Bartlett Cove is an embayment and a small resort community about 5 miles (8 km) north of Gustavus and 50 miles (81 km) northwest of Juneau, Alaska. The bay extends north for 5 miles (8 km) from Point Gustavus, on the east shore of Glacier Bay, in Glacier Bay National Park and Preserve. The bay was named in about 1881 by Captain W.E. George, a local marine pilot, probably for Charles C. Bartlett who owned fishing property on the bay.
Bartlett Cove is an area rich in Tlingit place names and oral history. It lies within the Wooshkeetaan clan territory and Huna Tlingit oral history tells of a large village before the Little Ice Age named L’awshaa Shakee Aan or “Town on Top of the Sand Dunes” with many houses built atop a glacial moraine as its name implies. Sometime after the ice retreated from Glacier Bay in the early 1800s, Bartlett Cove was reoccupied with a second village named Gatheeni. In 1883, the first salmon saltery was located on Lester Island on the north shore of Bartlett Cove and the village of Gatheeni likely provided the workforce. In 1888, the Bartlett Bay Packing Company began operating a cannery and in 1889 produced 4,300 cases of sockeye (red) salmon. In 1890, William, Brown & Company of San Francisco built another cannery at this location. The new company produced 12,000 cases in 1890 and 7,600 cases in 1891, but a build-up of icebergs forced its closure. In 1892, the Alaska Packing Association acquired the cannery, later to become the Alaska Packers Association in 1893, and in 1894 they dismantled and shipped the canning equipment to another facility near Haines. The cannery buildings burned down some time later and the facility was sold to Peter Buschmann of Petersburg in 1896 or 1897 who established a saltery. A severe earthquake in 1899 caused tidewater glaciers to calve an enormous number of icebergs that drifted south to the mouth of Glacier Bay and Icy Strait. The vessel White Wing, which served the saltery at Bartlett Cove, was unable to get through the ice for two weeks, while larger steamers engaged in the tourist business were prevented from entering Glacier Bay for many years afterward. Despite the new navigational obstruction posed by the icebergs, salting operations continued at Bartlett Cove in 1900. The Buschmann facility produced some 530 barrels of sockeye salmon and another 120 barrels of coho (silver) salmon. In the winter of 1900-1901, the Pacific Packing and Navigation Company bought the saltery, but the new owner idled the facility and the company went bankrupt in 1903. Later, the Northwestern Fisheries Company of Seattle acquired the facility and apparently held the property until the buildings collapsed.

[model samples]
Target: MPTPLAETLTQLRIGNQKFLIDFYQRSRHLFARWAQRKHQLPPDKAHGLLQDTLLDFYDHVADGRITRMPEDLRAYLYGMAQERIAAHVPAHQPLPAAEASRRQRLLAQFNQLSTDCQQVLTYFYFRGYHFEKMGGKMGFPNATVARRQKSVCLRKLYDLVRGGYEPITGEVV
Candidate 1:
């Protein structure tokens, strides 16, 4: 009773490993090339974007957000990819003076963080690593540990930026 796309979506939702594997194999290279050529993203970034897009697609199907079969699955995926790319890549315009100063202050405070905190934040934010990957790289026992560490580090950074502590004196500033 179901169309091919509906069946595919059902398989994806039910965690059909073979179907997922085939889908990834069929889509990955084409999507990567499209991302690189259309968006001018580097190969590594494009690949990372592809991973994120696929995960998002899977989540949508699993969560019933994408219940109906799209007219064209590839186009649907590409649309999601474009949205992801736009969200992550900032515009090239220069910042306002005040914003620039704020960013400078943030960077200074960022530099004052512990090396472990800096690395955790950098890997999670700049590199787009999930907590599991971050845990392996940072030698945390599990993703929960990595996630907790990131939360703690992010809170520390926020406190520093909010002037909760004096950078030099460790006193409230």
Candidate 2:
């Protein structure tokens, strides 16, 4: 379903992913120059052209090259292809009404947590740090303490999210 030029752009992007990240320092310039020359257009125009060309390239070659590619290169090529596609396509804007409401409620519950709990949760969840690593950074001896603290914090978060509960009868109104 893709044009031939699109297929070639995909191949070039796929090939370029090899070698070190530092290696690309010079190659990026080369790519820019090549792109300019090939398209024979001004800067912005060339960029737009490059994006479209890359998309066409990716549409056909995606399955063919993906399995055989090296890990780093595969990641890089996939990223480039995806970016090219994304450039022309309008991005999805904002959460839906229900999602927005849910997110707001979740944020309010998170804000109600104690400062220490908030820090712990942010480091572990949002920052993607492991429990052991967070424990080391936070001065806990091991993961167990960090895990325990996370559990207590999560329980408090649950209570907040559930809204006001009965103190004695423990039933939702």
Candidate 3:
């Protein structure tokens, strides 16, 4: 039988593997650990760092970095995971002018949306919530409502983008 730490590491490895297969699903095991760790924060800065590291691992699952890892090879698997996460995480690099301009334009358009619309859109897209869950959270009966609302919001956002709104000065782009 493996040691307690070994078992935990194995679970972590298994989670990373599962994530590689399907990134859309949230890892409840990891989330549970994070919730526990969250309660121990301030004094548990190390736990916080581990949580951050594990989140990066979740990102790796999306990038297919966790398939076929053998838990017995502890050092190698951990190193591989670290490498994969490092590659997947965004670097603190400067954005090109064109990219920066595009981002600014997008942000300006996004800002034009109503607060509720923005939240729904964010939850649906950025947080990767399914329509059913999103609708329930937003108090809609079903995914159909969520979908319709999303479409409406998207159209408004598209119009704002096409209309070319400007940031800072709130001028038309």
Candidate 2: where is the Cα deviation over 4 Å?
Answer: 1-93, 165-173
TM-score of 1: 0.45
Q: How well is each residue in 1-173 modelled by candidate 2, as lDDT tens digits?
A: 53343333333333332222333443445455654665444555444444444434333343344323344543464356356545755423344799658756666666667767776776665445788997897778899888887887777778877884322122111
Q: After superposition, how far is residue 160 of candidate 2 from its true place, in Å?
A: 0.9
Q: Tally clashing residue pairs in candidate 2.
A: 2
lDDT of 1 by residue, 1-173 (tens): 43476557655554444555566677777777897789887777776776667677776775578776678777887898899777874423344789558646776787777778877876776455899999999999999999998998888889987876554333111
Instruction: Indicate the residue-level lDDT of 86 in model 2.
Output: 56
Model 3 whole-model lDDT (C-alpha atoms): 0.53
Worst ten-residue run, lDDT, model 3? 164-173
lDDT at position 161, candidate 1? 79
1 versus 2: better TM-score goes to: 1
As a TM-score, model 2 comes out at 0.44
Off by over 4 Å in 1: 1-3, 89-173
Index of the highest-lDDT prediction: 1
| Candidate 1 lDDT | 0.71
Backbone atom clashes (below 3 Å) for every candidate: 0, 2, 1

Glacier Bay National Monument was established in 1925, but no personnel were assigned to the monument until 1949 when a seasonal ranger was stationed at Bartlett Cove. In 1953, the monument was managed from Bartlett Cove and an administrative office near Juneau. Starting in 1957 the facilities at Bartlett Cove were expanded with employee housing and maintenance facilities as part of the Mission 66 program that celebrated the 50th anniversary of the National Park Service. The Glacier Bay Lodge was built to accommodate guests in 1966 and beginning in 1969, cruise ships became regular seasonal visitors to Bartlett Cove. Read more here and here. Explore more of Bartlett Cove here: